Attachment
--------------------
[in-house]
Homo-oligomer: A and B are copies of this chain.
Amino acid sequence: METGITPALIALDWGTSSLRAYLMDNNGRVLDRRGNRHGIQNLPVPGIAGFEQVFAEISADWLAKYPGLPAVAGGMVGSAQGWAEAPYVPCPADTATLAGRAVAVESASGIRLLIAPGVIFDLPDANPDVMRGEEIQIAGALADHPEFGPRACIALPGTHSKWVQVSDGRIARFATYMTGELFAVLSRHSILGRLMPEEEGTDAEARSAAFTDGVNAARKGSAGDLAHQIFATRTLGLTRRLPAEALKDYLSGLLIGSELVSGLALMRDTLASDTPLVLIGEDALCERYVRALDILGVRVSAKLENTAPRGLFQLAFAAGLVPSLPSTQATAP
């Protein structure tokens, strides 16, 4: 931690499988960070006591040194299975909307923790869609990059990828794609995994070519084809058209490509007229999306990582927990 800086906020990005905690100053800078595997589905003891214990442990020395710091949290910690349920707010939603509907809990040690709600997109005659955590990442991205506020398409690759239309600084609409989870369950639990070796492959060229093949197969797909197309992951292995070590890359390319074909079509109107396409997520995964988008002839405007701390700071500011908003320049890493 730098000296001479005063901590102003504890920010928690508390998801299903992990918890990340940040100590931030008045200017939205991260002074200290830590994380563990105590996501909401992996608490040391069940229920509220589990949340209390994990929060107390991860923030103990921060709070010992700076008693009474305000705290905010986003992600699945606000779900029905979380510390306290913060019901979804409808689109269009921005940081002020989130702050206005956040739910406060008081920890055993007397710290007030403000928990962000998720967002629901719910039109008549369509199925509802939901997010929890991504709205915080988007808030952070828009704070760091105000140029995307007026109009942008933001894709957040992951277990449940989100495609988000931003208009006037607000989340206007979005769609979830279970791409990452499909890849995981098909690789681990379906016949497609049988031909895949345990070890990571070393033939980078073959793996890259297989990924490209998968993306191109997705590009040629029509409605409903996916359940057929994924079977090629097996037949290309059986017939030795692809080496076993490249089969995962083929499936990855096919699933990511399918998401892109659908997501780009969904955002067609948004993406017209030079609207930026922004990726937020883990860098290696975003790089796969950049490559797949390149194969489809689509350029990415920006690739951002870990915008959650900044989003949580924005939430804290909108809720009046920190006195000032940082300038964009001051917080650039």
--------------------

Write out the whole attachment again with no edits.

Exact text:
[in-house]
Homo-oligomer: A and B are copies of this chain.
Amino acid sequence: METGITPALIALDWGTSSLRAYLMDNNGRVLDRRGNRHGIQNLPVPGIAGFEQVFAEISADWLAKYPGLPAVAGGMVGSAQGWAEAPYVPCPADTATLAGRAVAVESASGIRLLIAPGVIFDLPDANPDVMRGEEIQIAGALADHPEFGPRACIALPGTHSKWVQVSDGRIARFATYMTGELFAVLSRHSILGRLMPEEEGTDAEARSAAFTDGVNAARKGSAGDLAHQIFATRTLGLTRRLPAEALKDYLSGLLIGSELVSGLALMRDTLASDTPLVLIGEDALCERYVRALDILGVRVSAKLENTAPRGLFQLAFAAGLVPSLPSTQATAP
């Protein structure tokens, strides 16, 4: 931690499988960070006591040194299975909307923790869609990059990828794609995994070519084809058209490509007229999306990582927990 800086906020990005905690100053800078595997589905003891214990442990020395710091949290910690349920707010939603509907809990040690709600997109005659955590990442991205506020398409690759239309600084609409989870369950639990070796492959060229093949197969797909197309992951292995070590890359390319074909079509109107396409997520995964988008002839405007701390700071500011908003320049890493 730098000296001479005063901590102003504890920010928690508390998801299903992990918890990340940040100590931030008045200017939205991260002074200290830590994380563990105590996501909401992996608490040391069940229920509220589990949340209390994990929060107390991860923030103990921060709070010992700076008693009474305000705290905010986003992600699945606000779900029905979380510390306290913060019901979804409808689109269009921005940081002020989130702050206005956040739910406060008081920890055993007397710290007030403000928990962000998720967002629901719910039109008549369509199925509802939901997010929890991504709205915080988007808030952070828009704070760091105000140029995307007026109009942008933001894709957040992951277990449940989100495609988000931003208009006037607000989340206007979005769609979830279970791409990452499909890849995981098909690789681990379906016949497609049988031909895949345990070890990571070393033939980078073959793996890259297989990924490209998968993306191109997705590009040629029509409605409903996916359940057929994924079977090629097996037949290309059986017939030795692809080496076993490249089969995962083929499936990855096919699933990511399918998401892109659908997501780009969904955002067609948004993406017209030079609207930026922004990726937020883990860098290696975003790089796969950049490559797949390149194969489809689509350029990415920006690739951002870990915008959650900044989003949580924005939430804290909108809720009046920190006195000032940082300038964009001051917080650039």